Rent Control Is Harmful to Housing Markets

November 4, 2013

At a recent Atlantic Media panel on global urban issues, Amanda Burden, New York City's planning director, discussed how challenging it has been to make housing affordable in that city. "What we haven't figured out," she said, "is the question of gentrification." Her term referred to the displacement of New York's poor residents by the professional class that is moving into Harlem, certain neighborhoods of Brooklyn, and elsewhere. This has increased rents, uprooting many households and sending people in search of cheaper neighborhoods, sometimes outside the city altogether, says Scott Beyer in National Review.

What the term really represents is government's failure to let capitalism function properly, based on changing consumer demand. The main problem is zoning.

  • Originally meant to separate industry from residences, zoning regulations now control everything from a given building's design to its air rights to the number of units it may contain.
  • Meanwhile, the housing that zoning does allow is faced with substantial barriers. New developments must pass through the planning commission, the city council and often-reactionary community boards, and undergo environmental and code reviews that last years.

To address this, officials have imposed various price controls on developers that practically every economist -- from Milton Friedman to Paul Krugman -- agrees are counterproductive.

  • Rent control has led to widespread apartment under-maintenance by landlords who see minimal potential profit.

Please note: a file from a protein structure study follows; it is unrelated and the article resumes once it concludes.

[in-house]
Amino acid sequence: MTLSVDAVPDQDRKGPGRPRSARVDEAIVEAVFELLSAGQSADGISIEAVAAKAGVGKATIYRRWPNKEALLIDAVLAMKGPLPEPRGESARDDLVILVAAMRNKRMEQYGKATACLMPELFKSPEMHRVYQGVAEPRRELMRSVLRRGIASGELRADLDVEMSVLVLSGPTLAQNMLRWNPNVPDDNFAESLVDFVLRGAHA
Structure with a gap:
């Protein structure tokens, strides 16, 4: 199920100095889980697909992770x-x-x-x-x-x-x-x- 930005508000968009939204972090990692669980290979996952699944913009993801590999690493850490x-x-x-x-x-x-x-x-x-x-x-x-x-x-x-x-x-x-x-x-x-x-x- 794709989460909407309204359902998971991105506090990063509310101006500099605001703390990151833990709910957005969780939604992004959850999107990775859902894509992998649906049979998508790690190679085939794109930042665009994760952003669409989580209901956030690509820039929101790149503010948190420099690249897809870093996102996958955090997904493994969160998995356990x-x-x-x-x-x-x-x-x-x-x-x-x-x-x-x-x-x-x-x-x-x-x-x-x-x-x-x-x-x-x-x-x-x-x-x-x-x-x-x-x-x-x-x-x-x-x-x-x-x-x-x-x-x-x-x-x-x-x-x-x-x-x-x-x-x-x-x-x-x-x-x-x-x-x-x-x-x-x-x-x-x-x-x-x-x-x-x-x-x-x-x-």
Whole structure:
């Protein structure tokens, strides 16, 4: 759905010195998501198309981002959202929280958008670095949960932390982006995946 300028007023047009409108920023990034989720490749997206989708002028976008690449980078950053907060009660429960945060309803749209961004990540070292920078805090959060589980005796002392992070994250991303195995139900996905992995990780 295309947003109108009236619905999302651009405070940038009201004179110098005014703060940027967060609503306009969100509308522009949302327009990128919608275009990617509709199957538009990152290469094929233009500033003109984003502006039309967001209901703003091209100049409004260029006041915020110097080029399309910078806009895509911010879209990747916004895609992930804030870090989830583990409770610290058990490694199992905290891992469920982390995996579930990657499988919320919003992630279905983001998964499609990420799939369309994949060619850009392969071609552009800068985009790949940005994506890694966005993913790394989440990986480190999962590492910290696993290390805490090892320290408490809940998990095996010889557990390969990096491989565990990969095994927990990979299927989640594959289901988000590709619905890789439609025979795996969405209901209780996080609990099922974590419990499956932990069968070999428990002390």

• Requirements that developers receiving height bonuses provide affordable units, so as to be "inclusionary," force them to either raise prices on market-rate units or demand government subsidies, to cover losses.
  • Both measures discourage supply: Rent control does by preventing tenant turnover, thus delaying the replacement of old buildings with new ones; affordability mandates do the same by lessening profits, a strong recipe for inaction.

The solution would be simply to allow more housing -- an arithmetical notion that officials either don't understand or don't implement owing to political pressure. When communities do accept housing growth, they usually do so only while agreeing to some degree of government oversight. Even if they recognize the problems this creates, they don't seem to think that unleashing the free market is the solution. Rather, free-market approaches are as foreign and untested in today's New York as socialism is in the conservative Sunbelt.

Source: Scott Beyer, "Government-Inspired Gentrification," National Review, October 29, 2013.

 

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